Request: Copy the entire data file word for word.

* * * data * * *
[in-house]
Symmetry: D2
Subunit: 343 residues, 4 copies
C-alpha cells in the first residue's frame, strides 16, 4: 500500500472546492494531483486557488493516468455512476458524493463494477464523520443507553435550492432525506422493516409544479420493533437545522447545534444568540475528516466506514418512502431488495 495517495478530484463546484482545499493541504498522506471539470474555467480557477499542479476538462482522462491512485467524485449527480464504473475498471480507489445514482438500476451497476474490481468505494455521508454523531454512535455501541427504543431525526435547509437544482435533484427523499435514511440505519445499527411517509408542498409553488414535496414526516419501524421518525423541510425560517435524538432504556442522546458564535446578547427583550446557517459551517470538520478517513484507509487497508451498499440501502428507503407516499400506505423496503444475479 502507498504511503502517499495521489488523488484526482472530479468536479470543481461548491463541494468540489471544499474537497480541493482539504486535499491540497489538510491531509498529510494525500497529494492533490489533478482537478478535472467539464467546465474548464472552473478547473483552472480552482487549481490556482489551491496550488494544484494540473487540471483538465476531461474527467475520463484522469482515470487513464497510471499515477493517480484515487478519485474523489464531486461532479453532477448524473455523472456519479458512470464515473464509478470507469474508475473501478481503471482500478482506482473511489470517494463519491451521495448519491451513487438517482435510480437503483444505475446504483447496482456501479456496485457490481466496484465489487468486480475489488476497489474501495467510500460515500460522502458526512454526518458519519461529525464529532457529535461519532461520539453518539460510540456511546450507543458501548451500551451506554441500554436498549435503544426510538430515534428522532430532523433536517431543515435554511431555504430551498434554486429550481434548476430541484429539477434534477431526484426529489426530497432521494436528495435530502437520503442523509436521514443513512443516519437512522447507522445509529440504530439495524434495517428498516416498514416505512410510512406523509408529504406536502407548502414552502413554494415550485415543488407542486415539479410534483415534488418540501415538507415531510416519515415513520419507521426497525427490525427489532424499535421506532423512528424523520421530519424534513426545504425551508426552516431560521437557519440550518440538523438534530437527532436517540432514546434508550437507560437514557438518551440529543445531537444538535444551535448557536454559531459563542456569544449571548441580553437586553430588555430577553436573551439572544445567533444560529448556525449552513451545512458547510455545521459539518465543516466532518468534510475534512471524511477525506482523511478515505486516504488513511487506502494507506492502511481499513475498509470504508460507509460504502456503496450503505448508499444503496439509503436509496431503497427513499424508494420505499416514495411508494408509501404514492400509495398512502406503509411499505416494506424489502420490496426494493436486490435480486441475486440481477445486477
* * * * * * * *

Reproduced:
[in-house]
Symmetry: D2
Subunit: 343 residues, 4 copies
C-alpha cells in the first residue's frame, strides 16, 4: 500500500472546492494531483486557488493516468455512476458524493463494477464523520443507553435550492432525506422493516409544479420493533437545522447545534444568540475528516466506514418512502431488495 495517495478530484463546484482545499493541504498522506471539470474555467480557477499542479476538462482522462491512485467524485449527480464504473475498471480507489445514482438500476451497476474490481468505494455521508454523531454512535455501541427504543431525526435547509437544482435533484427523499435514511440505519445499527411517509408542498409553488414535496414526516419501524421518525423541510425560517435524538432504556442522546458564535446578547427583550446557517459551517470538520478517513484507509487497508451498499440501502428507503407516499400506505423496503444475479 502507498504511503502517499495521489488523488484526482472530479468536479470543481461548491463541494468540489471544499474537497480541493482539504486535499491540497489538510491531509498529510494525500497529494492533490489533478482537478478535472467539464467546465474548464472552473478547473483552472480552482487549481490556482489551491496550488494544484494540473487540471483538465476531461474527467475520463484522469482515470487513464497510471499515477493517480484515487478519485474523489464531486461532479453532477448524473455523472456519479458512470464515473464509478470507469474508475473501478481503471482500478482506482473511489470517494463519491451521495448519491451513487438517482435510480437503483444505475446504483447496482456501479456496485457490481466496484465489487468486480475489488476497489474501495467510500460515500460522502458526512454526518458519519461529525464529532457529535461519532461520539453518539460510540456511546450507543458501548451500551451506554441500554436498549435503544426510538430515534428522532430532523433536517431543515435554511431555504430551498434554486429550481434548476430541484429539477434534477431526484426529489426530497432521494436528495435530502437520503442523509436521514443513512443516519437512522447507522445509529440504530439495524434495517428498516416498514416505512410510512406523509408529504406536502407548502414552502413554494415550485415543488407542486415539479410534483415534488418540501415538507415531510416519515415513520419507521426497525427490525427489532424499535421506532423512528424523520421530519424534513426545504425551508426552516431560521437557519440550518440538523438534530437527532436517540432514546434508550437507560437514557438518551440529543445531537444538535444551535448557536454559531459563542456569544449571548441580553437586553430588555430577553436573551439572544445567533444560529448556525449552513451545512458547510455545521459539518465543516466532518468534510475534512471524511477525506482523511478515505486516504488513511487506502494507506492502511481499513475498509470504508460507509460504502456503496450503505448508499444503496439509503436509496431503497427513499424508494420505499416514495411508494408509501404514492400509495398512502406503509411499505416494506424489502420490496426494493436486490435480486441475486440481477445486477